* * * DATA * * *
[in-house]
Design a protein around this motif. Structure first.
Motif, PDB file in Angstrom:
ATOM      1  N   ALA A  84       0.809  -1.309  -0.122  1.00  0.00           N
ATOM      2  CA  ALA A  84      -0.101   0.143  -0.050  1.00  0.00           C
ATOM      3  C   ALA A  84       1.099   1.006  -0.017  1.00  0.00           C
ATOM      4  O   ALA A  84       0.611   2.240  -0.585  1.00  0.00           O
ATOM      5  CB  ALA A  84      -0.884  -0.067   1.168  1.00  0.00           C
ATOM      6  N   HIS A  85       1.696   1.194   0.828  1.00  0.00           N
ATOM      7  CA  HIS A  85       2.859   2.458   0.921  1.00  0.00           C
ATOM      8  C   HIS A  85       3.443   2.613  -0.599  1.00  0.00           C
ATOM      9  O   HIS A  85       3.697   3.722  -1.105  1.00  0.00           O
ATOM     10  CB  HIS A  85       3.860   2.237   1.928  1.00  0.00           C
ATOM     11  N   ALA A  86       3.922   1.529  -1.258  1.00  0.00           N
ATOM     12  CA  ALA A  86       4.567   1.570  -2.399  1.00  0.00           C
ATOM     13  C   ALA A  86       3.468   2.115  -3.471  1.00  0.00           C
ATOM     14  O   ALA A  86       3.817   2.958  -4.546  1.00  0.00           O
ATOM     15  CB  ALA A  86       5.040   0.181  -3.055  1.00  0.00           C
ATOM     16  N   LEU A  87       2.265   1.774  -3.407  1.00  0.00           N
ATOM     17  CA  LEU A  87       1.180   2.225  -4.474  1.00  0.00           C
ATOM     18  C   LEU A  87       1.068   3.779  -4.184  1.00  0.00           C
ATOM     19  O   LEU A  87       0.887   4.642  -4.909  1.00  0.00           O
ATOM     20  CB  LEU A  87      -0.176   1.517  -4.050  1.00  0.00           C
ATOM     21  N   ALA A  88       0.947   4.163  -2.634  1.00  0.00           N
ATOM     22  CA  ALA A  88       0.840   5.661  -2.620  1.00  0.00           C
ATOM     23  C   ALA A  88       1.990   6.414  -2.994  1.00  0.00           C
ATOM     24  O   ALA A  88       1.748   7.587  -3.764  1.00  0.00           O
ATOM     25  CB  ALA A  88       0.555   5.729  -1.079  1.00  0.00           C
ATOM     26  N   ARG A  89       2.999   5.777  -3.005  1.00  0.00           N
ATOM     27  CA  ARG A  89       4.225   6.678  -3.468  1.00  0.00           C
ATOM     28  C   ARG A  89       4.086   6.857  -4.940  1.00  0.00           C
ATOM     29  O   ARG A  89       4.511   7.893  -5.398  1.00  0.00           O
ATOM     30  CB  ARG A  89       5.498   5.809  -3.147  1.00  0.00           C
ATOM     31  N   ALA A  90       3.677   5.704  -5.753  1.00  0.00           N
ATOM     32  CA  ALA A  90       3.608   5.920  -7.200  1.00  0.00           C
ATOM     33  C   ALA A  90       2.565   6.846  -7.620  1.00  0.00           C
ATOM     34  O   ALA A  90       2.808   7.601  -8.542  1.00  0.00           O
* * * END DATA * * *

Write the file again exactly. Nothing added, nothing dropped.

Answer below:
[in-house]
Design a protein around this motif. Structure first.
Motif, PDB file in Angstrom:
ATOM      1  N   ALA A  84       0.809  -1.309  -0.122  1.00  0.00           N
ATOM      2  CA  ALA A  84      -0.101   0.143  -0.050  1.00  0.00           C
ATOM      3  C   ALA A  84       1.099   1.006  -0.017  1.00  0.00           C
ATOM      4  O   ALA A  84       0.611   2.240  -0.585  1.00  0.00           O
ATOM      5  CB  ALA A  84      -0.884  -0.067   1.168  1.00  0.00           C
ATOM      6  N   HIS A  85       1.696   1.194   0.828  1.00  0.00           N
ATOM      7  CA  HIS A  85       2.859   2.458   0.921  1.00  0.00           C
ATOM      8  C   HIS A  85       3.443   2.613  -0.599  1.00  0.00           C
ATOM      9  O   HIS A  85       3.697   3.722  -1.105  1.00  0.00           O
ATOM     10  CB  HIS A  85       3.860   2.237   1.928  1.00  0.00           C
ATOM     11  N   ALA A  86       3.922   1.529  -1.258  1.00  0.00           N
ATOM     12  CA  ALA A  86       4.567   1.570  -2.399  1.00  0.00           C
ATOM     13  C   ALA A  86       3.468   2.115  -3.471  1.00  0.00           C
ATOM     14  O   ALA A  86       3.817   2.958  -4.546  1.00  0.00           O
ATOM     15  CB  ALA A  86       5.040   0.181  -3.055  1.00  0.00           C
ATOM     16  N   LEU A  87       2.265   1.774  -3.407  1.00  0.00           N
ATOM     17  CA  LEU A  87       1.180   2.225  -4.474  1.00  0.00           C
ATOM     18  C   LEU A  87       1.068   3.779  -4.184  1.00  0.00           C
ATOM     19  O   LEU A  87       0.887   4.642  -4.909  1.00  0.00           O
ATOM     20  CB  LEU A  87      -0.176   1.517  -4.050  1.00  0.00           C
ATOM     21  N   ALA A  88       0.947   4.163  -2.634  1.00  0.00           N
ATOM     22  CA  ALA A  88       0.840   5.661  -2.620  1.00  0.00           C
ATOM     23  C   ALA A  88       1.990   6.414  -2.994  1.00  0.00           C
ATOM     24  O   ALA A  88       1.748   7.587  -3.764  1.00  0.00           O
ATOM     25  CB  ALA A  88       0.555   5.729  -1.079  1.00  0.00           C
ATOM     26  N   ARG A  89       2.999   5.777  -3.005  1.00  0.00           N
ATOM     27  CA  ARG A  89       4.225   6.678  -3.468  1.00  0.00           C
ATOM     28  C   ARG A  89       4.086   6.857  -4.940  1.00  0.00           C
ATOM     29  O   ARG A  89       4.511   7.893  -5.398  1.00  0.00           O
ATOM     30  CB  ARG A  89       5.498   5.809  -3.147  1.00  0.00           C
ATOM     31  N   ALA A  90       3.677   5.704  -5.753  1.00  0.00           N
ATOM     32  CA  ALA A  90       3.608   5.920  -7.200  1.00  0.00           C
ATOM     33  C   ALA A  90       2.565   6.846  -7.620  1.00  0.00           C
ATOM     34  O   ALA A  90       2.808   7.601  -8.542  1.00  0.00           O